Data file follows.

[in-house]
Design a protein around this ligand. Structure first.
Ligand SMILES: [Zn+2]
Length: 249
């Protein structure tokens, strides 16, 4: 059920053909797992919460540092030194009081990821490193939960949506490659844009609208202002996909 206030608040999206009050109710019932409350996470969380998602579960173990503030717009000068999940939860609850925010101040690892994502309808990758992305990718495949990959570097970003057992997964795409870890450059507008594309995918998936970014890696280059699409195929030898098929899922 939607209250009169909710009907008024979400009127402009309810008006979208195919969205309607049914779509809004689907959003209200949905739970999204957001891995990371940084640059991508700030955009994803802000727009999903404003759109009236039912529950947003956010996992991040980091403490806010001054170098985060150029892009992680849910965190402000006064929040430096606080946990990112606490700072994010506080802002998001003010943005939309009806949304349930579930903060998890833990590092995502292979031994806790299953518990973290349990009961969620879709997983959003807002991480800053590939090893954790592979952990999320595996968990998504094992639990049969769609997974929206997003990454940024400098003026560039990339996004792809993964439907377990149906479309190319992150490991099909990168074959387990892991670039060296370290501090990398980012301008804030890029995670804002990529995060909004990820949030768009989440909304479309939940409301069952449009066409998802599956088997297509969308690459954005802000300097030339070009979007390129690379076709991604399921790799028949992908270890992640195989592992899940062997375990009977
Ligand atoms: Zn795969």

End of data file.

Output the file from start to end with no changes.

[in-house]
Design a protein around this ligand. Structure first.
Ligand SMILES: [Zn+2]
Length: 249
């Protein structure tokens, strides 16, 4: 059920053909797992919460540092030194009081990821490193939960949506490659844009609208202002996909 206030608040999206009050109710019932409350996470969380998602579960173990503030717009000068999940939860609850925010101040690892994502309808990758992305990718495949990959570097970003057992997964795409870890450059507008594309995918998936970014890696280059699409195929030898098929899922 939607209250009169909710009907008024979400009127402009309810008006979208195919969205309607049914779509809004689907959003209200949905739970999204957001891995990371940084640059991508700030955009994803802000727009999903404003759109009236039912529950947003956010996992991040980091403490806010001054170098985060150029892009992680849910965190402000006064929040430096606080946990990112606490700072994010506080802002998001003010943005939309009806949304349930579930903060998890833990590092995502292979031994806790299953518990973290349990009961969620879709997983959003807002991480800053590939090893954790592979952990999320595996968990998504094992639990049969769609997974929206997003990454940024400098003026560039990339996004792809993964439907377990149906479309190319992150490991099909990168074959387990892991670039060296370290501090990398980012301008804030890029995670804002990529995060909004990820949030768009989440909304479309939940409301069952449009066409998802599956088997297509969308690459954005802000300097030339070009979007390129690379076709991604399921790799028949992908270890992640195989592992899940062997375990009977
Ligand atoms: Zn795969």